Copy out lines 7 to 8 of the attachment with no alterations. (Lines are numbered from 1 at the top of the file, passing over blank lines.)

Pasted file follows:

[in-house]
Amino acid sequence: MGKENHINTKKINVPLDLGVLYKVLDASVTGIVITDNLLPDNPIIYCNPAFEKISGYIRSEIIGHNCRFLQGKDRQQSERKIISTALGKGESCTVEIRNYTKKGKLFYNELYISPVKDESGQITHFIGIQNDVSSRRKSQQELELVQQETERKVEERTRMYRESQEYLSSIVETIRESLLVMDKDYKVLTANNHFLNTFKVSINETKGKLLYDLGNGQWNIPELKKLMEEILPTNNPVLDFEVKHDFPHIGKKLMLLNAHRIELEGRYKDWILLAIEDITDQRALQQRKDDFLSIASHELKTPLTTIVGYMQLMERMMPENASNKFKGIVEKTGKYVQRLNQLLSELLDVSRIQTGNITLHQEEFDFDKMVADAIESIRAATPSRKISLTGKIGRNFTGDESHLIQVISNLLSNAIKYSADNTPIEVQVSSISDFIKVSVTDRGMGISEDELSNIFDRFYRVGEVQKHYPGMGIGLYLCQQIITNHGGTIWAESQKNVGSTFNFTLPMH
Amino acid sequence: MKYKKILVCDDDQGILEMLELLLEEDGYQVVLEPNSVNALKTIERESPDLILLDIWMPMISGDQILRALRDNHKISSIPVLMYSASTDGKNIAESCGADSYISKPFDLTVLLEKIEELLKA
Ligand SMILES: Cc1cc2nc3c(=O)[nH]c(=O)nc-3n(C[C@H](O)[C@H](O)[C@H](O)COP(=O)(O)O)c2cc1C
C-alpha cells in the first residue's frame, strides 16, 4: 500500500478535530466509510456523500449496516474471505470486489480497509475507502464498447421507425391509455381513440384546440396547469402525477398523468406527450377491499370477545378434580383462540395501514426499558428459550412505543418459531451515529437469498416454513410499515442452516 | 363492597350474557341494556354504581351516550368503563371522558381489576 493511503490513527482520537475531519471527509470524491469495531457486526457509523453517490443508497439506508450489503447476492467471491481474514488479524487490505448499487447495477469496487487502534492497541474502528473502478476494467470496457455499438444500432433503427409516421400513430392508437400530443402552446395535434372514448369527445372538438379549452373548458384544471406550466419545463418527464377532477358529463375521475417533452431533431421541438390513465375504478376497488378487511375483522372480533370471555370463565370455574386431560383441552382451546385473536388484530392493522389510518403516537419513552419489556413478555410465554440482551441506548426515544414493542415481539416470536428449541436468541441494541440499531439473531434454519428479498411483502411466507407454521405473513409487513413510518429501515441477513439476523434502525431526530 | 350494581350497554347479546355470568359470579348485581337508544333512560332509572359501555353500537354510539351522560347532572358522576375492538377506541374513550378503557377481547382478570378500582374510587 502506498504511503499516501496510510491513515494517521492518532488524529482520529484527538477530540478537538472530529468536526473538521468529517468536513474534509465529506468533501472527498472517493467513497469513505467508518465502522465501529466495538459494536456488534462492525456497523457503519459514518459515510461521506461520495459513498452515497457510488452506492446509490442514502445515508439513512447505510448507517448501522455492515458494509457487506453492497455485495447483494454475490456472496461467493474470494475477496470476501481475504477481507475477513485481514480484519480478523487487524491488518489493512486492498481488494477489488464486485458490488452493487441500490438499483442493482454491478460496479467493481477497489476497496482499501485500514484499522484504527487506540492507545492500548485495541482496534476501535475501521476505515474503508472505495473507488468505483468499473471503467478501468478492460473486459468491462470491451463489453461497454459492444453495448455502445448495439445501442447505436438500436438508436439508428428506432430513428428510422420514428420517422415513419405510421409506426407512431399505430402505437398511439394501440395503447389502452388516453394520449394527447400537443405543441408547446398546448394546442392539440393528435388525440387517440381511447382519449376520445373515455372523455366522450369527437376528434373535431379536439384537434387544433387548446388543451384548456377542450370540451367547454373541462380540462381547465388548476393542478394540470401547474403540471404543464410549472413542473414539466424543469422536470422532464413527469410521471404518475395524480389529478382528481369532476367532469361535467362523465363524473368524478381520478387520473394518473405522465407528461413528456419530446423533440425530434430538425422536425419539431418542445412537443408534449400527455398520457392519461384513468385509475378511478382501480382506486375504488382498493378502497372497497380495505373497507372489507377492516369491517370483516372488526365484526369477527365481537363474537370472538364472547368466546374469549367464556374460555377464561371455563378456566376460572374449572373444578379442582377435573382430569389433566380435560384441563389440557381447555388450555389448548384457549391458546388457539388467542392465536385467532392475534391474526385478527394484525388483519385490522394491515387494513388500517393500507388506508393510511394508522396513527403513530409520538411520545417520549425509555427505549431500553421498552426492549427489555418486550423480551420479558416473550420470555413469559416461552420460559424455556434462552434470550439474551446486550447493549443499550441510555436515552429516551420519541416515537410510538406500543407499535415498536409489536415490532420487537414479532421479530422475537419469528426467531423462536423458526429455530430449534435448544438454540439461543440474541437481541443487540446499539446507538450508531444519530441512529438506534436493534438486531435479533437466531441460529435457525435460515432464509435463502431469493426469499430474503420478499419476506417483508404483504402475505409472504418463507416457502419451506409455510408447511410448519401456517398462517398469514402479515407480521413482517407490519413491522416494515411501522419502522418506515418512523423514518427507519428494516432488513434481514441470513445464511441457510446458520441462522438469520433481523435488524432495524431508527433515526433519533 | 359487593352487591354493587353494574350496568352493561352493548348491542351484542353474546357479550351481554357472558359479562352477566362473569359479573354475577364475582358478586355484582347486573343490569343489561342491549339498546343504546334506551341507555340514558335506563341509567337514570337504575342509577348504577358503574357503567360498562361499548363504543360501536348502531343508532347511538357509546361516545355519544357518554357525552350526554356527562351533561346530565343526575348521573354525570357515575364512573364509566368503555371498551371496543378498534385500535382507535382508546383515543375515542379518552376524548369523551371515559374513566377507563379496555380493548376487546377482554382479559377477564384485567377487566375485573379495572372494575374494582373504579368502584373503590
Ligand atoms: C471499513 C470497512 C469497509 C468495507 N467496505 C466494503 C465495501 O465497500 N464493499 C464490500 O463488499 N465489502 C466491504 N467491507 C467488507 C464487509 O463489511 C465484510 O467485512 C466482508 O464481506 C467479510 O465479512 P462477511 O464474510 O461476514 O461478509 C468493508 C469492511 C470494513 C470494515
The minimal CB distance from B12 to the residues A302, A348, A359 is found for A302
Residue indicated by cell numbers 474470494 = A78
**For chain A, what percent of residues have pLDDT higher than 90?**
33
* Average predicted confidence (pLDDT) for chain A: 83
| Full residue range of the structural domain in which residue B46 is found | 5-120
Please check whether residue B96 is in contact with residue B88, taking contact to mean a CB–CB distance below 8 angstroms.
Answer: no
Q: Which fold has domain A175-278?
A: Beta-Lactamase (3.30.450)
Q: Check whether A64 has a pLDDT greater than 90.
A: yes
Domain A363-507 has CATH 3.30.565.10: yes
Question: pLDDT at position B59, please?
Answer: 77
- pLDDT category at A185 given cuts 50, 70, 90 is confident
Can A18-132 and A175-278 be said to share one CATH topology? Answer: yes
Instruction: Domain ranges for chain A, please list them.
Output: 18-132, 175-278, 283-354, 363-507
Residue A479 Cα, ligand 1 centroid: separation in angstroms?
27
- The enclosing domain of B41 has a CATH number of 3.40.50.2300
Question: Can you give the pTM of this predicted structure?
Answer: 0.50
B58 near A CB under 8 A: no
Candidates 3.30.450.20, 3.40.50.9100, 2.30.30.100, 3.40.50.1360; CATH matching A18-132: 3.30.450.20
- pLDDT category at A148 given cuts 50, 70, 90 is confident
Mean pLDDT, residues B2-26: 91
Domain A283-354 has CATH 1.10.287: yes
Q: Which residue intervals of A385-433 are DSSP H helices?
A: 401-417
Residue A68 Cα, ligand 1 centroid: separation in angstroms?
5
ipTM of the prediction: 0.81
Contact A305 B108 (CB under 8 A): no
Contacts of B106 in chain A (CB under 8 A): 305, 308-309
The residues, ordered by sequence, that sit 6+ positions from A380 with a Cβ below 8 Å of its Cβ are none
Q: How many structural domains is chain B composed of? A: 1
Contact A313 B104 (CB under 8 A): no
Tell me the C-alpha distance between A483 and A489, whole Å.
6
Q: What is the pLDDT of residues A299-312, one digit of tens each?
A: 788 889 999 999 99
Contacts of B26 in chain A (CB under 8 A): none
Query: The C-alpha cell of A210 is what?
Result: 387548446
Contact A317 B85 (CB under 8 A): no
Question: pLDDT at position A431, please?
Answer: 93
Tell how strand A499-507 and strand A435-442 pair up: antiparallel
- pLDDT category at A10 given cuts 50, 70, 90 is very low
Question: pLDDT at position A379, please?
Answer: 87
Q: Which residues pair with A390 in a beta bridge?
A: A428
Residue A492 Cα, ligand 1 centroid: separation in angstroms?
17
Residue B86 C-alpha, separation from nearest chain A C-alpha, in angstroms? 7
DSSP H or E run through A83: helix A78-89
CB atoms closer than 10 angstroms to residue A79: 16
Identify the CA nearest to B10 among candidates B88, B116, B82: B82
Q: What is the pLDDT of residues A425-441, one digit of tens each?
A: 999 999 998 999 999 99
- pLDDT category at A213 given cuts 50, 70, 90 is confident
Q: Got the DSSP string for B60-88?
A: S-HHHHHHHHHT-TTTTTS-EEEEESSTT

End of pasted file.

The minimal CB distance from B12 to the residues A302, A348, A359 is found for A302
Residue indicated by cell numbers 474470494 = A78